Artificial Intelligence and Machine Learning Editor's letter

GenAI: Giga$$$, TeraWatt-Hours, and GigaTons of CO2

Andrew A. Chien, past Editor-in-Chief of CACM

For more than a decade, we have speculated about the impact of artificial intelligence (AI)/machine learning (ML) on the environmental sustainability of computing (see ACM2). It has become clear that Al’s carbon emissions (scope 2), lifecycle carbon (scope 3), and other negative environmental impacts are growing explosively. Generative AI capabilities and applications exemplified and popularized in ChatGPT, DALL-E 2, Stable Diffusion, and Copilot, are the drivers. The evidence:

Giga$$$s of increased spending on AI computing equipment and infrastructure is driving a dramatic increase in infrastructure: AI computing silicon and datacenters.

Nvidia. From May 2022 to April 2023 (12 months), Nvidia’s datacenter group sold $15.5B of GPUs. During a May 24 conference call earlier this year, the firm doubled guidance for the next quarter, increasing quarterly datacenter GPU sales forecasts from $4B to $8B (to an annual rate of $32B).3 Dramatic growth in GPU demand for generative AI was the cited reason.

Amazon, Microsoft, and Google. The growth of GPUs for AI comes on top of 12% per year cloud growth and is reflected in large capital investments in datacenters (CPUs, networks, cooling, power, buildings, and so on). The three largest hyperscalers (Amazon, Microsoft, and Google) have reported large increases in datacenter CapEx investment from $78B in 2022 to $120B in 2023, a 54% increase.8

Evidence of excess demand. Endemic reports of “GPU shortages” indicate the cloud cannot satisfy the compute demands of well-funded AI developers in both new ventures and existing companies.

Terawatt-Hours (TWh) of increased datacenter power consumption will result from the growing investment in AI hardware. The most accurate retrospective estimates of datacenter power consumption are based on worldwide computing equipment sales: processors, networking, and storage. These backward-looking studies outlined the rapid growth of hyperscalers as the key driver of datacenter power consumption (30% per year).5 We apply similar methodology to these massive GPU investments.

Estimating the annual power consumption of $32B of GPUs involves GPU prices, operational parameters, and associated server and datacenter power. Using A100 prices ($10k) and 300W average incremental load (GPU at 50% of TDP, server balance of 50%, and PUE of 1.0: 3.2M GPUs → 960MW → 8.4 TWh/year.

To put this into perspective, 8.4 TWh/year was 54% of Google’s total datacenter power in 2020. Nvidia’s sales-rate increase alone corresponds to 27% of Google’s total 2020 fleet. A more complete comparison is difficult as several hyperscalers have stopped disclosing total power consumption due to growing public outcry.7 8.4 TWh corresponds to 0.25% of the USA’s annual electric power consumption.

Gigatons of CO2 emissions will result from the growth in datacenter power consumption and perhaps threaten the reliability of the power grid. Datacenter carbon emissions should be computed based on the average grid emissions at the time power is consumed or worse, since some studies suggest that data-center loads harm grid decarbonization.4 Using 2021 U.S. average grid emissions, 8.4 TWh is 3.25 gigatons of CO2, the equivalent of five billion U.S. crosscountry flights. In high-penetration areas, cloud datacenters already exceed 20% of grid power; their further growth is being limited by grid reliability risks.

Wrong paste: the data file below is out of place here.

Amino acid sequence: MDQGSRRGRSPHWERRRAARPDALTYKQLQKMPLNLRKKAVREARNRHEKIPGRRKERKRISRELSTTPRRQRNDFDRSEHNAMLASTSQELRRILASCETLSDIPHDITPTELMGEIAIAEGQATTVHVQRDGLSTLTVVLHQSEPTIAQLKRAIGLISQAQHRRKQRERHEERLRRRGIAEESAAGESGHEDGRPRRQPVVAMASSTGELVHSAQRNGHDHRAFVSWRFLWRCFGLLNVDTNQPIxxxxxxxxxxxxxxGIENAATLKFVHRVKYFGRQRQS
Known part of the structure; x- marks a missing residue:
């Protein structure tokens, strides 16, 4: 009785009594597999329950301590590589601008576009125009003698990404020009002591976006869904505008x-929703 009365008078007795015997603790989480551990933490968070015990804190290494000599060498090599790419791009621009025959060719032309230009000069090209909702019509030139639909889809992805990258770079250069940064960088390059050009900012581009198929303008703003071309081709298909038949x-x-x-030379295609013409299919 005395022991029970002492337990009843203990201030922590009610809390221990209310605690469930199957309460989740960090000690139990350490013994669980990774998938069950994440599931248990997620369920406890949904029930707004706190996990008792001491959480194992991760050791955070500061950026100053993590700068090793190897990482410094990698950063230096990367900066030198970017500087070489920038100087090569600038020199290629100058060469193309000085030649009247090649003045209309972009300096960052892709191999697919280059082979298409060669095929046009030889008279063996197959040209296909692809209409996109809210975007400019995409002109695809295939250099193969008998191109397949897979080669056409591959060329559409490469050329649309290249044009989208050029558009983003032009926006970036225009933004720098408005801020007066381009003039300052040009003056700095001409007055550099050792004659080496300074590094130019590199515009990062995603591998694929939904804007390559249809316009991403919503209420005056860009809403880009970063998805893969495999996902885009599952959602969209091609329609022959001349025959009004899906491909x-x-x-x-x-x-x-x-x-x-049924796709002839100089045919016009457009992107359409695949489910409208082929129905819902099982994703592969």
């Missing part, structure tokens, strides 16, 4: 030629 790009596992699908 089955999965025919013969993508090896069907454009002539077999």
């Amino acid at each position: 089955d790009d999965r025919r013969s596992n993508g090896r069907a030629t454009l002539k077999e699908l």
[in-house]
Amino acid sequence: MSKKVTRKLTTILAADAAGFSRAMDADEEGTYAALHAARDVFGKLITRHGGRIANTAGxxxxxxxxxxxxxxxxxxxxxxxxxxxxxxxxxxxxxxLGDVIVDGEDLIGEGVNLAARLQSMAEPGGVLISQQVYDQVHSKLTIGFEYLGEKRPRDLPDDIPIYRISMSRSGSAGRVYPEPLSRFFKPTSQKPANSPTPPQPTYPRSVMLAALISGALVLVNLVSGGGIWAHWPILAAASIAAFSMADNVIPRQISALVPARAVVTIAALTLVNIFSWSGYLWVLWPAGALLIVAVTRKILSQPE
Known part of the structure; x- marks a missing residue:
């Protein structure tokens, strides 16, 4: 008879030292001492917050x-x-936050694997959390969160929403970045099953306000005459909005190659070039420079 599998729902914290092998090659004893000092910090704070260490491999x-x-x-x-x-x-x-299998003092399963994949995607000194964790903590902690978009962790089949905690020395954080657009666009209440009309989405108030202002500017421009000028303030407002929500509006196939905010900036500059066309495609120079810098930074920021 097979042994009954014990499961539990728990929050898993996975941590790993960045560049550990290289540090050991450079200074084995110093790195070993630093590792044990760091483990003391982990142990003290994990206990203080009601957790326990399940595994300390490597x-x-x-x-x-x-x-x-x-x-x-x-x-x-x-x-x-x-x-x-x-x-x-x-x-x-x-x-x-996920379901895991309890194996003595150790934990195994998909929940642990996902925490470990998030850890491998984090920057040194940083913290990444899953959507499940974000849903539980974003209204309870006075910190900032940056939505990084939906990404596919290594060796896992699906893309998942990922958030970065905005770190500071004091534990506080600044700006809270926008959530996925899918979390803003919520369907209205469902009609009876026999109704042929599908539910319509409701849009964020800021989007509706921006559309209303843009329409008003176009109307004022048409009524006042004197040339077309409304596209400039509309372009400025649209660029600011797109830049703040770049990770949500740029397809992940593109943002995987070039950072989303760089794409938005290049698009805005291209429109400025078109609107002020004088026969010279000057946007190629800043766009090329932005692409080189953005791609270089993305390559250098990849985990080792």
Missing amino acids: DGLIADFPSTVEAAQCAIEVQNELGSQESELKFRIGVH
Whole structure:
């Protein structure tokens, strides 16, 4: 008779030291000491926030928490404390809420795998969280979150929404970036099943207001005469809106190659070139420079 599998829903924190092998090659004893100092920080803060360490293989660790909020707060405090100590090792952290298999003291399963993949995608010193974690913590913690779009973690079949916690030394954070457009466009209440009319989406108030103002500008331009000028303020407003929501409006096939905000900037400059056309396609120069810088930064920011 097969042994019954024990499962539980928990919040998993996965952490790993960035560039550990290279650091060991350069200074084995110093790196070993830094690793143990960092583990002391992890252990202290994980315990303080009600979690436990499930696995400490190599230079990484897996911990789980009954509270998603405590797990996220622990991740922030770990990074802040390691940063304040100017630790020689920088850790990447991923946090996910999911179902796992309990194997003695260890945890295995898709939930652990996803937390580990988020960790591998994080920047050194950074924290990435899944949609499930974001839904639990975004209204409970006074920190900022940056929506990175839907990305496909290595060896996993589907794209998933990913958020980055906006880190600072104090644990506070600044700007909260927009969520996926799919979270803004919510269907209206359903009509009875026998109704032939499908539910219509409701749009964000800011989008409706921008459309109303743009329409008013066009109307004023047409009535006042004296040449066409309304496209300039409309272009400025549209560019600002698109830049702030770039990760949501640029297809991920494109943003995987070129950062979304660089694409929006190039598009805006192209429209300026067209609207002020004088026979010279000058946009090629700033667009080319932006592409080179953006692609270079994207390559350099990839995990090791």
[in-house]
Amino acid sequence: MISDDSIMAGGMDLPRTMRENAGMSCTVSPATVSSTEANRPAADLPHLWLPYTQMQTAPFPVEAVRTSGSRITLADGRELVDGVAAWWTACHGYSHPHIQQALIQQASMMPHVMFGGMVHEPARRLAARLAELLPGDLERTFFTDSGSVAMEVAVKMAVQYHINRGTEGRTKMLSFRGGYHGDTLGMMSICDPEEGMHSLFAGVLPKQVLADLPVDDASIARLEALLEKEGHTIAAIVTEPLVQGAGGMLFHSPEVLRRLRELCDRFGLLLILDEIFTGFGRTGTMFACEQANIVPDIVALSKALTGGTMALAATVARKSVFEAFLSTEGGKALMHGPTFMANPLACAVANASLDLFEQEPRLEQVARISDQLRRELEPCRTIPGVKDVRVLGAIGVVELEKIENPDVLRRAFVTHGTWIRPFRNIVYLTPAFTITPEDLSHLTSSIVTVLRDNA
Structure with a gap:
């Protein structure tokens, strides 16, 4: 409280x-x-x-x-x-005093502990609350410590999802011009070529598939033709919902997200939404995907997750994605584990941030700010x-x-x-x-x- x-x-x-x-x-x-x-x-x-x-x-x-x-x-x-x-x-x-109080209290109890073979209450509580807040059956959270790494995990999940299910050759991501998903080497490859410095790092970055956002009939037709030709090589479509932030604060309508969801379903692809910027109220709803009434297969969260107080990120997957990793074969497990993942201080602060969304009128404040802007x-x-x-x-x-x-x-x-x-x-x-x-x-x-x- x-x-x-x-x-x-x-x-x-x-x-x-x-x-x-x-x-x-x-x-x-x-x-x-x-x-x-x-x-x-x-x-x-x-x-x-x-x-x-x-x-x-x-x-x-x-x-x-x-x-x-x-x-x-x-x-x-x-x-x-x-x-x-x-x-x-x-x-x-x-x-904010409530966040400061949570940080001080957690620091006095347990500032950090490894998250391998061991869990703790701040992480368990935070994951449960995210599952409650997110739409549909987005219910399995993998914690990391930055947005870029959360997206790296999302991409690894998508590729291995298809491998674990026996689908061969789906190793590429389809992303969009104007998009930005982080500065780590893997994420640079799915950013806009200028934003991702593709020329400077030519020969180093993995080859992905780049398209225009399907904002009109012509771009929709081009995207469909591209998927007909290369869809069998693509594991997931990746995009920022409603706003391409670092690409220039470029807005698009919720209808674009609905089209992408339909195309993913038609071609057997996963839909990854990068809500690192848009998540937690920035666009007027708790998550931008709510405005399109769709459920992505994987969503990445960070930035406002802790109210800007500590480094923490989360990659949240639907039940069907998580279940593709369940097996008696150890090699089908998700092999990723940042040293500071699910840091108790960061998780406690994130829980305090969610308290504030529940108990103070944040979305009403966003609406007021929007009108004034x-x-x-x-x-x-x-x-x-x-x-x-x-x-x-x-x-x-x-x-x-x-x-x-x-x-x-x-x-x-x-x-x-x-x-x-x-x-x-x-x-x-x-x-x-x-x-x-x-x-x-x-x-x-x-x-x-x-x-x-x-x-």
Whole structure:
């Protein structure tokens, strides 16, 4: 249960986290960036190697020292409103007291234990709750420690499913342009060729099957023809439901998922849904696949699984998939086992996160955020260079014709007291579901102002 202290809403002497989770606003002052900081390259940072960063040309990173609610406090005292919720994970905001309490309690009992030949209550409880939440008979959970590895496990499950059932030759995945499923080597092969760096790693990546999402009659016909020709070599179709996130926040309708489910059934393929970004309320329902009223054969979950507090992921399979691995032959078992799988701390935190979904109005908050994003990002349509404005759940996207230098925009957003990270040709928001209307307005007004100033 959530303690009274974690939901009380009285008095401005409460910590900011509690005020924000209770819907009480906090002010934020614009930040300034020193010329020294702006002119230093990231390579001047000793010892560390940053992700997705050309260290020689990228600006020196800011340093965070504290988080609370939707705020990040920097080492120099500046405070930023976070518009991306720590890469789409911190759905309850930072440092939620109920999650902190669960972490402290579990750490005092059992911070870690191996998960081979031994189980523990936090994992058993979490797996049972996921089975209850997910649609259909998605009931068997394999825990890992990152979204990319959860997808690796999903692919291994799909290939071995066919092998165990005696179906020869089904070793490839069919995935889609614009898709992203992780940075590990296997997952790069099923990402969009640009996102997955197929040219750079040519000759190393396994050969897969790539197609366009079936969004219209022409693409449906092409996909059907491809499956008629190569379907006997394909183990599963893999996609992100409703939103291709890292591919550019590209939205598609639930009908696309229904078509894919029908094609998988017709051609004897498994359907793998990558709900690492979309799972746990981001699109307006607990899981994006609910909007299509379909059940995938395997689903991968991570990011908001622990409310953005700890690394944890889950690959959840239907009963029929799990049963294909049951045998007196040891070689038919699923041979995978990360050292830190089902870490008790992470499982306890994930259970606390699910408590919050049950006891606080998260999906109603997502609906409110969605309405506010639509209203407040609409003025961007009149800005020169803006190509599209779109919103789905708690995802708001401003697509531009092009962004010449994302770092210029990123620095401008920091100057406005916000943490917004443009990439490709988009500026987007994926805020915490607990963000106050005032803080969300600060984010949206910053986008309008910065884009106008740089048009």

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This analysis is based on economic data, and the conclusion of major growth was validated by industry leaders at Google’s recent “Future of Data Center Workshop” (June 1, 2023), where I served as a panelist. The growth analyzed is just one year. With the boom in generative AI, the situation is now far different than recent reports.6

The growing technical power and economic drivers make it improbable the AI juggernaut can be stopped. This means the sustainability of computing/AI must be a concern for all computing researchers.1


    1. Fostering Responsible Computing Research: Foundations and Practices. The National Academies Press, Washington, DC (2022).

    2. Knowles, B. ACM Technology Policy Council TechBrief: Computing and Climate Change. ACM (2021).

    3. Leswing, K. Nvidia shares spike 26% on huge forecast beat driven by A.I. chip demand. CNBC (May 24, 2023).

    4. Lin, L., Zavala, V., and Chien, A.A. Evaluating coupling models for cloud datacenters and power grids. In Proceedings of the 12th ACM Intern. Conf. on Future Energy Systems (2021).

    5. Masanet, E. et al. Recalibrating global data center energy-use estimates. Science 367, 6481 (Feb. 2020).

    6. Patterson, D. et. al. The carbon footprint of machine learning training will plateau, then shrink. Computer 55, 7 (July 2022).

    7. Synek, G. Amazon is one of the largest consumers of electricity but is offloading costs onto others. Techspot (Aug. 2018).

    8. There's AI in them thar hills. The Economist (May 29, 2023).

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  1. I have tried to understand the calculation. It fits up to the 8.4 TWh/year. But with average grid emissions of 0.39 kg CO2/kWh, I only come up with 3.25 megatons of CO2 (instead of gigatons). That’s still a lot, but then it would only be 5 million flights

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